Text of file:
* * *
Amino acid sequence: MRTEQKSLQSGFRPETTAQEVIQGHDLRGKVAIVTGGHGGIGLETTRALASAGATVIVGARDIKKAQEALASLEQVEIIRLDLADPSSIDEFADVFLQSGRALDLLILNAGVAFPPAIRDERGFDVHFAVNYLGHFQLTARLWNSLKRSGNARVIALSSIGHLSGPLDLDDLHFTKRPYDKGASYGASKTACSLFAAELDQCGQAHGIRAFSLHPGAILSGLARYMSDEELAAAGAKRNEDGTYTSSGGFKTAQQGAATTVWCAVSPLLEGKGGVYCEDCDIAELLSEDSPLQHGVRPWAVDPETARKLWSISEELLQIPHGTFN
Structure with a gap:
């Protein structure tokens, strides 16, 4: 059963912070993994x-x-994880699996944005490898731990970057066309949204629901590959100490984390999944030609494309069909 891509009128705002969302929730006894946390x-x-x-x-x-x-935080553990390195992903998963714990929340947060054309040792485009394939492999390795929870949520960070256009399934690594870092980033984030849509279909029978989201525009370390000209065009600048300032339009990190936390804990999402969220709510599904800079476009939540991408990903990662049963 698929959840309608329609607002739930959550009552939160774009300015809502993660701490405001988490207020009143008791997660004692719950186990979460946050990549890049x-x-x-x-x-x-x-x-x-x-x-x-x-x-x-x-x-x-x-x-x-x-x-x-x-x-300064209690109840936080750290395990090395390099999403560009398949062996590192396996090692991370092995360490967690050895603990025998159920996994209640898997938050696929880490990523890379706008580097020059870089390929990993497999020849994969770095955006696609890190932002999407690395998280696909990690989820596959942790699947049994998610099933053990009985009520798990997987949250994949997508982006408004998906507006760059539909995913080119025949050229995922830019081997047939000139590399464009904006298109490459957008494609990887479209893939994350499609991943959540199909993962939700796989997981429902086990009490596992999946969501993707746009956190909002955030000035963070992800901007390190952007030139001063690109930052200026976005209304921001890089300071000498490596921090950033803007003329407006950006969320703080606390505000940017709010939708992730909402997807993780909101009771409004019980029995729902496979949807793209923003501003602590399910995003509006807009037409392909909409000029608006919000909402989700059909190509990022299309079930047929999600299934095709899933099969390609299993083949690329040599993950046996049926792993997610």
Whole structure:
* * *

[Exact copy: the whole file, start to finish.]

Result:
Amino acid sequence: MRTEQKSLQSGFRPETTAQEVIQGHDLRGKVAIVTGGHGGIGLETTRALASAGATVIVGARDIKKAQEALASLEQVEIIRLDLADPSSIDEFADVFLQSGRALDLLILNAGVAFPPAIRDERGFDVHFAVNYLGHFQLTARLWNSLKRSGNARVIALSSIGHLSGPLDLDDLHFTKRPYDKGASYGASKTACSLFAAELDQCGQAHGIRAFSLHPGAILSGLARYMSDEELAAAGAKRNEDGTYTSSGGFKTAQQGAATTVWCAVSPLLEGKGGVYCEDCDIAELLSEDSPLQHGVRPWAVDPETARKLWSISEELLQIPHGTFN
Structure with a gap:
């Protein structure tokens, strides 16, 4: 059963912070993994x-x-994880699996944005490898731990970057066309949204629901590959100490984390999944030609494309069909 891509009128705002969302929730006894946390x-x-x-x-x-x-935080553990390195992903998963714990929340947060054309040792485009394939492999390795929870949520960070256009399934690594870092980033984030849509279909029978989201525009370390000209065009600048300032339009990190936390804990999402969220709510599904800079476009939540991408990903990662049963 698929959840309608329609607002739930959550009552939160774009300015809502993660701490405001988490207020009143008791997660004692719950186990979460946050990549890049x-x-x-x-x-x-x-x-x-x-x-x-x-x-x-x-x-x-x-x-x-x-x-x-x-x-300064209690109840936080750290395990090395390099999403560009398949062996590192396996090692991370092995360490967690050895603990025998159920996994209640898997938050696929880490990523890379706008580097020059870089390929990993497999020849994969770095955006696609890190932002999407690395998280696909990690989820596959942790699947049994998610099933053990009985009520798990997987949250994949997508982006408004998906507006760059539909995913080119025949050229995922830019081997047939000139590399464009904006298109490459957008494609990887479209893939994350499609991943959540199909993962939700796989997981429902086990009490596992999946969501993707746009956190909002955030000035963070992800901007390190952007030139001063690109930052200026976005209304921001890089300071000498490596921090950033803007003329407006950006969320703080606390505000940017709010939708992730909402997807993780909101009771409004019980029995729902496979949807793209923003501003602590399910995003509006807009037409392909909409000029608006919000909402989700059909190509990022299309079930047929999600299934095709899933099969390609299993083949690329040599993950046996049926792993997610």
Whole structure: